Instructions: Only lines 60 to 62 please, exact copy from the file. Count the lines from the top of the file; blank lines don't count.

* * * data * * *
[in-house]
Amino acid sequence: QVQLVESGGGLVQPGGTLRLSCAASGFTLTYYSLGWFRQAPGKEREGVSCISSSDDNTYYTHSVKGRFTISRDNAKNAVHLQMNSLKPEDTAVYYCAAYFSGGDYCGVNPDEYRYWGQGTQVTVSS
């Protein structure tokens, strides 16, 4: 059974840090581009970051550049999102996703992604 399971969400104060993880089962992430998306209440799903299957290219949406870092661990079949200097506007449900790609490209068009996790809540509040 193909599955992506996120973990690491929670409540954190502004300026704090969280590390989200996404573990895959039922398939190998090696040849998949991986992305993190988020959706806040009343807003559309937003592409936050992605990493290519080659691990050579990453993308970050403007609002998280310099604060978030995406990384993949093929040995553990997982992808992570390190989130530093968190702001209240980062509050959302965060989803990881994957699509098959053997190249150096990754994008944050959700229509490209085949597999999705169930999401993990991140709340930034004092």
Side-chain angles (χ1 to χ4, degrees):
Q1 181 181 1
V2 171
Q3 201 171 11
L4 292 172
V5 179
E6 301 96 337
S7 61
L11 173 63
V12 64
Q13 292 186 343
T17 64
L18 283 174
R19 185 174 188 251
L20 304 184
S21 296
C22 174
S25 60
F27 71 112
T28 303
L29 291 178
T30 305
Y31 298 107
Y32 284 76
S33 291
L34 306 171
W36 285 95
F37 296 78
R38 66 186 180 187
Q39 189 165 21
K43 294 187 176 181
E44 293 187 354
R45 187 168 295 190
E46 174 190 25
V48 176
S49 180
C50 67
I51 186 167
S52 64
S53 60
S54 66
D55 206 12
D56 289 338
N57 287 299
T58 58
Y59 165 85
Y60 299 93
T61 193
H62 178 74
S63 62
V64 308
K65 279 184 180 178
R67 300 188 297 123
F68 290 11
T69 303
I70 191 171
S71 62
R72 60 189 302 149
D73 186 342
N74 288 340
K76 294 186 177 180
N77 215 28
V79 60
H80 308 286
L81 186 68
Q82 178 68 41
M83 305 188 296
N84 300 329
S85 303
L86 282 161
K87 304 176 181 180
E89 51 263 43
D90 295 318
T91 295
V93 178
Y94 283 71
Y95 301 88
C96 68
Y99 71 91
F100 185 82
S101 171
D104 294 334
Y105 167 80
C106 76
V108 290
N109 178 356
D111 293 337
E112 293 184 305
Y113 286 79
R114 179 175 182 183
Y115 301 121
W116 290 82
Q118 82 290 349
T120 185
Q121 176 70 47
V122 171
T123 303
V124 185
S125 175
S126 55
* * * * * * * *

S71 62
R72 60 189 302 149
D73 186 342